OK, m’man Stross has written an intelligent, reasonable post on predicting the future, concentrating on the degree of weirdness (what he calls unknown unknowns). And he convinces himself that we really can’t predict anything more than forty years out. He concludes:
And by 2052, the unknown unknowns will have driven the world to be a very different place from anything I can predict today.
Really, Charlie? A little more than one generation? I think he’s wrong, and I think the best way to show this is to look backwards instead, to a hypothetical sf writer of forty years ago– 1972. And let’s say that this writer is kind of conservative in her predictions. In fact, let’s say she predicts that the year 2012 will be exactly like 1972.
How far off would she be? Well, let’s look at some of her successful predictions.
- The richest and most powerful nation in the world will be the US. The most important language for world communication will be English.
- The richest regions will be North America, Europe, and Japan.
- The US will be a republic whose politics is dominated by two parties: the Republicans who largely favor the rich and prefer small government, and the Democrats who prefer liberalism (that is, a middle class society with a strong safety net). On many issues the young will be much more liberal than the elderly. A minority will despise the Democrats for being lamely centrist.
- The president will be seeking another term despite a recent recession and plenty of voters who see him as the embodiment of evil; the other party will be divided and widely accused of radicalism. Republicans will campaign against social spending, abortion, and the media; there will be the threat of a populist third party run.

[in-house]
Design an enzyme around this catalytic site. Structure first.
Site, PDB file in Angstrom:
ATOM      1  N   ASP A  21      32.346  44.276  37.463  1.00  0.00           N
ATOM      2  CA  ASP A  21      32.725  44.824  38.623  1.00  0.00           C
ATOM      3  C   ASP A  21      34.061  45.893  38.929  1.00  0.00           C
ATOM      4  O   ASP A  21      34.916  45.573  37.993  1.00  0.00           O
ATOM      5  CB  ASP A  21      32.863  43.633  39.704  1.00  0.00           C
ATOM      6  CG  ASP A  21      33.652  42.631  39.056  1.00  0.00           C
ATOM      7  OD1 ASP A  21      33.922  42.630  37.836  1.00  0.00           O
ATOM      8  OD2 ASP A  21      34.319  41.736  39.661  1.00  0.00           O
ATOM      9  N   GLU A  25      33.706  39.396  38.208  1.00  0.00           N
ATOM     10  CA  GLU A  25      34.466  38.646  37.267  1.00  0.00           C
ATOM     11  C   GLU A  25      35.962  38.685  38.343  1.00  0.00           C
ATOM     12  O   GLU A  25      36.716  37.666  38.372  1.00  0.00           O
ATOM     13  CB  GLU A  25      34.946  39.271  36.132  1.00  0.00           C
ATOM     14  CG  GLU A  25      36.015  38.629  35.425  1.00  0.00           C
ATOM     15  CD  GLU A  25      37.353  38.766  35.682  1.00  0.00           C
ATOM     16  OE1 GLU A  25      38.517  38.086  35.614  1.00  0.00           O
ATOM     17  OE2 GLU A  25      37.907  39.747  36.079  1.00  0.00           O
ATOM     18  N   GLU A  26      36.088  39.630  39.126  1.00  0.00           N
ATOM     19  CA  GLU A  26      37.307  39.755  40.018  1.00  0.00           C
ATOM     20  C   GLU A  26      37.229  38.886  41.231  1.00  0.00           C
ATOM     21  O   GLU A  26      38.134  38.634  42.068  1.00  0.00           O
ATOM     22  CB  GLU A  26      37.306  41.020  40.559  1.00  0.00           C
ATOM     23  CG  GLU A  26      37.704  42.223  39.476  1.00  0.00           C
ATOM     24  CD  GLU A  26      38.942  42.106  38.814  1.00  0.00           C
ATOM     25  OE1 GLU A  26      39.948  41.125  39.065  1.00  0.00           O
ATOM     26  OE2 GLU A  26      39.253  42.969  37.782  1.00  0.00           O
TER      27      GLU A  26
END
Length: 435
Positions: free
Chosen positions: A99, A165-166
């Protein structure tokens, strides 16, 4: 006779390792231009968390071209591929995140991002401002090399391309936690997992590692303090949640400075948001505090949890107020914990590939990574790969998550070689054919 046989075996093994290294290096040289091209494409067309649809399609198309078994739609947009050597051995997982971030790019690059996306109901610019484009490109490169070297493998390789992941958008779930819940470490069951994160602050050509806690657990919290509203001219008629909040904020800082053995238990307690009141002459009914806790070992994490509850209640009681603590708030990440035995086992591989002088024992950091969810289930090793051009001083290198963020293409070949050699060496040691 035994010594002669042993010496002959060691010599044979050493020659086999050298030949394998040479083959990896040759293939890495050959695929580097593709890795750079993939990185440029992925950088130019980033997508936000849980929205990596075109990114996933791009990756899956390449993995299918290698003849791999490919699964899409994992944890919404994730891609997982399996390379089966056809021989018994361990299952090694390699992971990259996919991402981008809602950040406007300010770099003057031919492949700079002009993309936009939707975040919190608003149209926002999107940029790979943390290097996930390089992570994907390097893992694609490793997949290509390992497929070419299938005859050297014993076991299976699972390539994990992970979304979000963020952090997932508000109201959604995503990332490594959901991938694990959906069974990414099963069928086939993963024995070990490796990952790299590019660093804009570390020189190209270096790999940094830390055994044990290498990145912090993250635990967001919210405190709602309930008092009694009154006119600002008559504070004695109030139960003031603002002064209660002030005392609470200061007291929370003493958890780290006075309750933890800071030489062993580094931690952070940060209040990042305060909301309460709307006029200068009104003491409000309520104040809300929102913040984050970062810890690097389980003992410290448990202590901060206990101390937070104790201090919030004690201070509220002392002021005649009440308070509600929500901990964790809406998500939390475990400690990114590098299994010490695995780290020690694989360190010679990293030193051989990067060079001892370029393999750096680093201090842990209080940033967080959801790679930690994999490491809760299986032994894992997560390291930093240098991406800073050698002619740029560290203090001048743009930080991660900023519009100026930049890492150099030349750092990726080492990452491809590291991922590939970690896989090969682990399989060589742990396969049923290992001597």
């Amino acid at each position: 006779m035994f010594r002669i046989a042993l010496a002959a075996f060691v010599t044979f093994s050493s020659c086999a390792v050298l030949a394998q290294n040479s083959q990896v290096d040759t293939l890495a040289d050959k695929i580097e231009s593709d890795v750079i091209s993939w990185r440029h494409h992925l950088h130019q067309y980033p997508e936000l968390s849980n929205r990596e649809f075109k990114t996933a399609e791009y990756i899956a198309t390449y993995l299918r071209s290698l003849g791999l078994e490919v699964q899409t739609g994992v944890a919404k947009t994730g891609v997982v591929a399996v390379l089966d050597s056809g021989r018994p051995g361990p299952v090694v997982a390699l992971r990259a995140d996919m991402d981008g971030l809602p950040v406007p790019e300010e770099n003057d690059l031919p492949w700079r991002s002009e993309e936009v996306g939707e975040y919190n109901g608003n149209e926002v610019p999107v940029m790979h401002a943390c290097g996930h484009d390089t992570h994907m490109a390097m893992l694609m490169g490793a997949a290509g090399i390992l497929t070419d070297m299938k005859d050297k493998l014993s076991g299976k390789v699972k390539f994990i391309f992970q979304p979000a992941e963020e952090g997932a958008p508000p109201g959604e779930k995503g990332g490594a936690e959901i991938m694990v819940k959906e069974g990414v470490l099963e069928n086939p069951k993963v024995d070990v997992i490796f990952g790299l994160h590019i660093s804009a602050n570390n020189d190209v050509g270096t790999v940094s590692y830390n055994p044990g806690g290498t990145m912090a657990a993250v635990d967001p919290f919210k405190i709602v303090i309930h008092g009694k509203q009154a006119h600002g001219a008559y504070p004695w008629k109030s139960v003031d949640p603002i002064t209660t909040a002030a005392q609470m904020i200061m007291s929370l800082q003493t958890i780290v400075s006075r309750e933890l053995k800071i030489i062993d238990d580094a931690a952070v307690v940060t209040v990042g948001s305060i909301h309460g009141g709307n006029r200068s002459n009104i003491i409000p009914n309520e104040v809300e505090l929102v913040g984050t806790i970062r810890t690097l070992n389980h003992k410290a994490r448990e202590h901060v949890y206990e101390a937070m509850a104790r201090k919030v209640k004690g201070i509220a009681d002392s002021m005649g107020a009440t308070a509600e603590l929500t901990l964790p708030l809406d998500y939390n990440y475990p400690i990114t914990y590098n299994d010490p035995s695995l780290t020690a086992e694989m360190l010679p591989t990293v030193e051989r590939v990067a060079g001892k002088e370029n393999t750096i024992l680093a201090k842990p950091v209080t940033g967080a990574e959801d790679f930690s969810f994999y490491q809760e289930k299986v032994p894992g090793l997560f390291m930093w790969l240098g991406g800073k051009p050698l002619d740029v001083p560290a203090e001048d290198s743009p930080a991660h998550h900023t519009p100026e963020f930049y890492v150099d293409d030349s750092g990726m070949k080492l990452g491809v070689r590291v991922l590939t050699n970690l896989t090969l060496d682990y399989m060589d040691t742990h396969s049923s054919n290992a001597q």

- There will be much tacit acceptance of pot, but it won’t be legal. Other recreational drugs will be more actively repressed.
- The US will be involved in wars with nations much smaller than itself, largely facing guerrilla opponents, and will be unable to convince the rest of the world that the war is worth it.
- Oil reserves will give disproportionate importance to the Middle East. The long conflict between Israel and its neighbors will continue to brew. India will be a democracy; Russia will be run by an authoritarian regime with a backwards economy propped up by oil revenues.
- Fidel Castro will still be defying the US from Havana. North Korea will still be a bizarre communist holdout.
- Liberals will worry about how industrial civilization is greatly harming the ecosphere; conservatives will largely dismiss the notion.
- Major corporations will include General Motors, AT&T, Du Pont, General Electric, Procter & Gamble, United Aircraft, and Exxon. [Not gonna penalize our predictor for a couple of mergers and name changes.]
- The economy of the richer nations will be capitalist (with a fairly big government largely devoted to defense and the social safety net), the most important sectors being manufacturing and services. Ships, planes, and trucks will distribute goods; people will get around mostly by cars and planes. Computers will be increasingly important in business and science. People will communicate often by phone.